LanChile is slowing deliveries of new Airbus A320 narrowbody aircraft in the face of stagnant domestic traffic growth. Meanwhile local competitor Avant Airlines has ceased operations, blaming its failure on predatory pricing by recent start-up Aero Continente Chile.

"The last three years have been very tough in Latin America with a mainly flat market. Before that we had around 20% growth and so we had planned for a market that was going to be around 50% bigger than it is now. We need to slow our orders and wait a bit to increase our A320 fleet," says Enrique Cueto, LanChile chief executive.

LanChile has cut back on its planned A320 deliveries next year from eight to just two aircraft. The airline has ordered 25 aircraft, of which only four have been delivered. More immediate deliveries are not affected and the fleet will grow to 10 A320s by the end of this year, replacing smaller Boeing 737-200s.

Lanchile's chief domestic rival Avant has stopped flying after the Chilean anti-monopoly commission failed to uphold its pricing complaint against Aero Continente Chile. Four-year- old Avant, which operated eight 737-200s with around a 25% market share, was also hit by alliance partner Continental Airlines discontinuing services to Santiago.

LanChile will continue to take delivery of seven A340-300s on order, of which two are in service and another two will arrive this year. The type is employed on long-haul routes from Santiago to Miami, New York, Los Angeles and Europe. "On other routes we're going to continue with the [Boeing] 767s," says Cueto.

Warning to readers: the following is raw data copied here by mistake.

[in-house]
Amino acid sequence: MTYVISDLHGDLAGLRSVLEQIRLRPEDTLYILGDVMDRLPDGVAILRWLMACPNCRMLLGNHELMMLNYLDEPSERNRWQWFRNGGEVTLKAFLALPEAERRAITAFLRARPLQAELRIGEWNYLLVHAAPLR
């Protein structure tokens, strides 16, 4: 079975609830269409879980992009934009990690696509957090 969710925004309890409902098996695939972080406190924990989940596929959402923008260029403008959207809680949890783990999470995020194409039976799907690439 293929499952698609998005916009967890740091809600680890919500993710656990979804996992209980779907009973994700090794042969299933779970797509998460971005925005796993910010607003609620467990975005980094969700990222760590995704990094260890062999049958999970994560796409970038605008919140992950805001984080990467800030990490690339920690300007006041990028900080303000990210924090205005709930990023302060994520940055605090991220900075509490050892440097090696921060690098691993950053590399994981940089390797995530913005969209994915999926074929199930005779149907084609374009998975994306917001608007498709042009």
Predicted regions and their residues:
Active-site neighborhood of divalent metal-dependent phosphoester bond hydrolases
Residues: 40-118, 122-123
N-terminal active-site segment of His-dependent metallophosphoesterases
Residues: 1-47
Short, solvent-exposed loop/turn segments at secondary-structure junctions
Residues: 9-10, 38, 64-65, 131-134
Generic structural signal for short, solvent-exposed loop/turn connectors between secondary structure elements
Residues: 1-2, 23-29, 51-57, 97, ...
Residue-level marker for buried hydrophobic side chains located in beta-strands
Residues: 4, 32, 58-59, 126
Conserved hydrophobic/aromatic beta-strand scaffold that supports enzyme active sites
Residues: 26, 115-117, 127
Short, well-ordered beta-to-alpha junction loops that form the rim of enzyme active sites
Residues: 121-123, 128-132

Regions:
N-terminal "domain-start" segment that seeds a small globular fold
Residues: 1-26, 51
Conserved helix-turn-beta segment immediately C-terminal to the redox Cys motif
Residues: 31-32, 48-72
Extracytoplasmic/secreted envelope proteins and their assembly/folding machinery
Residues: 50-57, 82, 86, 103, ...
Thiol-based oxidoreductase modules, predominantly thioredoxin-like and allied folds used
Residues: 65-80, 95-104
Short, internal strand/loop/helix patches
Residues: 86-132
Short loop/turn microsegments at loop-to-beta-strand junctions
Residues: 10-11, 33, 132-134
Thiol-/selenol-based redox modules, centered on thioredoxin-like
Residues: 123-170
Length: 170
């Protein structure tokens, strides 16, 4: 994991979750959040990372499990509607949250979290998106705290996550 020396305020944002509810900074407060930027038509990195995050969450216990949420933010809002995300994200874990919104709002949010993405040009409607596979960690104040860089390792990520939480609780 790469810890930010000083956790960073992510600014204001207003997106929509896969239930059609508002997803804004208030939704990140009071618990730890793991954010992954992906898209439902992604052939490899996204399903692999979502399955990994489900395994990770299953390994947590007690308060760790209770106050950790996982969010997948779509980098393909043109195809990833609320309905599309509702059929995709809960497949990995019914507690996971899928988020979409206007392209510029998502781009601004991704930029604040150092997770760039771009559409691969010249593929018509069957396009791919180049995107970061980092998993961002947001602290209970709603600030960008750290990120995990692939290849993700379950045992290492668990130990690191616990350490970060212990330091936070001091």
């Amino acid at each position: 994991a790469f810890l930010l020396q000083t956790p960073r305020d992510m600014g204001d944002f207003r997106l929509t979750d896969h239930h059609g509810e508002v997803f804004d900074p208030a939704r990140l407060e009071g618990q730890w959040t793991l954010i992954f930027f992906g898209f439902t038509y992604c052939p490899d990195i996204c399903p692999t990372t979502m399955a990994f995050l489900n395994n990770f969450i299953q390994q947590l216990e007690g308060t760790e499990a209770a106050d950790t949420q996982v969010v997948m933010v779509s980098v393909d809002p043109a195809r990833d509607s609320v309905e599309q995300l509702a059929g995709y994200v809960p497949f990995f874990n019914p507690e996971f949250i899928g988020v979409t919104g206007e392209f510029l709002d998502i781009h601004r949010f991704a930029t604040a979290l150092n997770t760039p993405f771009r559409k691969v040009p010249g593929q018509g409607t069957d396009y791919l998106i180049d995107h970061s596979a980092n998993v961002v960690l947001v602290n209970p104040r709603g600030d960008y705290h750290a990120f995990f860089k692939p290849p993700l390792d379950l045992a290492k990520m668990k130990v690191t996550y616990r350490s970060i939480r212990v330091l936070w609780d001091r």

It had originally planned to replace its 767 passenger fleet with A340s, of which it holds options and floating options on up to another 14 aircraft. The airline recently ordered three more 767-300Fs to add to the three freighters in operation and plans to retain four to six of the passenger version.

LanChile has been operating 767s from Lima to Miami on behalf of Peruvian joint-venture carrier LanPeru and recently extended this to Ecuador, but declines to say whether flag carrier Ecuadorian plans to take an equity stake in the carrier.

"We're talking with the authorities who are looking for someone to help solve Ecuatoriana's economic problems," says Cueto. Talks are expected to last up to a year. Meanwhile, LanChile has turned its attention to Bolivia.

Source: Flight International